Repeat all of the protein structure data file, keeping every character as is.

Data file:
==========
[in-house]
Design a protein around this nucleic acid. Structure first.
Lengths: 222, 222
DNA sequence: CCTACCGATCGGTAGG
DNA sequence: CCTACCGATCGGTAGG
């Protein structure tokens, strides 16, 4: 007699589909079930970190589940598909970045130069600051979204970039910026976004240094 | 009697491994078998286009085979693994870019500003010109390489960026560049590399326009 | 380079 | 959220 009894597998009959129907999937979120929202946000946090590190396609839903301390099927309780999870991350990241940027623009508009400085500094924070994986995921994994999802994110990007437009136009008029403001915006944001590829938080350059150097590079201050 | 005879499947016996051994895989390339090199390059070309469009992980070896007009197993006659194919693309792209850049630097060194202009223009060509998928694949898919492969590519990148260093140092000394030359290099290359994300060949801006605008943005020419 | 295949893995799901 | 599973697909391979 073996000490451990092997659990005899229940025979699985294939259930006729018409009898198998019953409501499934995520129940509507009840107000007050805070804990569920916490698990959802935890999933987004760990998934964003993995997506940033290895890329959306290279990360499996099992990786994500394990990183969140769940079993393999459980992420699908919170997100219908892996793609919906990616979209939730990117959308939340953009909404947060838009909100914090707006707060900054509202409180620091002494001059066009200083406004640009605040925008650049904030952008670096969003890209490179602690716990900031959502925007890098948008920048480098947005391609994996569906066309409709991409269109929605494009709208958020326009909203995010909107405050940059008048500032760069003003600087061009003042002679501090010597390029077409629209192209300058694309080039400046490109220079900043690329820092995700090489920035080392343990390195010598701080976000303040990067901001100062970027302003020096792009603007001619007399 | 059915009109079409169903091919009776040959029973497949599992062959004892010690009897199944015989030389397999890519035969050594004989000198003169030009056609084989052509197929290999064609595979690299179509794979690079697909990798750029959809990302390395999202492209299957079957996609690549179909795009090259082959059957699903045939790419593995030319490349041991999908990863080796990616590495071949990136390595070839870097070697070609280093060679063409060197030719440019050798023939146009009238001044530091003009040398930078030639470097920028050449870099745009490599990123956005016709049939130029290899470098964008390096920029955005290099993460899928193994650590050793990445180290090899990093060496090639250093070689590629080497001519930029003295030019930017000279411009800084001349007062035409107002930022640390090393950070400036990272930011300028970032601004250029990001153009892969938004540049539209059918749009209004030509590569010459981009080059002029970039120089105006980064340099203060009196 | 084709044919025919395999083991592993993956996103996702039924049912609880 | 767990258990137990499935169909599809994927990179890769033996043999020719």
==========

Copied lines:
[in-house]
Design a protein around this nucleic acid. Structure first.
Lengths: 222, 222
DNA sequence: CCTACCGATCGGTAGG
DNA sequence: CCTACCGATCGGTAGG
């Protein structure tokens, strides 16, 4: 007699589909079930970190589940598909970045130069600051979204970039910026976004240094 | 009697491994078998286009085979693994870019500003010109390489960026560049590399326009 | 380079 | 959220 009894597998009959129907999937979120929202946000946090590190396609839903301390099927309780999870991350990241940027623009508009400085500094924070994986995921994994999802994110990007437009136009008029403001915006944001590829938080350059150097590079201050 | 005879499947016996051994895989390339090199390059070309469009992980070896007009197993006659194919693309792209850049630097060194202009223009060509998928694949898919492969590519990148260093140092000394030359290099290359994300060949801006605008943005020419 | 295949893995799901 | 599973697909391979 073996000490451990092997659990005899229940025979699985294939259930006729018409009898198998019953409501499934995520129940509507009840107000007050805070804990569920916490698990959802935890999933987004760990998934964003993995997506940033290895890329959306290279990360499996099992990786994500394990990183969140769940079993393999459980992420699908919170997100219908892996793609919906990616979209939730990117959308939340953009909404947060838009909100914090707006707060900054509202409180620091002494001059066009200083406004640009605040925008650049904030952008670096969003890209490179602690716990900031959502925007890098948008920048480098947005391609994996569906066309409709991409269109929605494009709208958020326009909203995010909107405050940059008048500032760069003003600087061009003042002679501090010597390029077409629209192209300058694309080039400046490109220079900043690329820092995700090489920035080392343990390195010598701080976000303040990067901001100062970027302003020096792009603007001619007399 | 059915009109079409169903091919009776040959029973497949599992062959004892010690009897199944015989030389397999890519035969050594004989000198003169030009056609084989052509197929290999064609595979690299179509794979690079697909990798750029959809990302390395999202492209299957079957996609690549179909795009090259082959059957699903045939790419593995030319490349041991999908990863080796990616590495071949990136390595070839870097070697070609280093060679063409060197030719440019050798023939146009009238001044530091003009040398930078030639470097920028050449870099745009490599990123956005016709049939130029290899470098964008390096920029955005290099993460899928193994650590050793990445180290090899990093060496090639250093070689590629080497001519930029003295030019930017000279411009800084001349007062035409107002930022640390090393950070400036990272930011300028970032601004250029990001153009892969938004540049539209059918749009209004030509590569010459981009080059002029970039120089105006980064340099203060009196 | 084709044919025919395999083991592993993956996103996702039924049912609880 | 767990258990137990499935169909599809994927990179890769033996043999020719």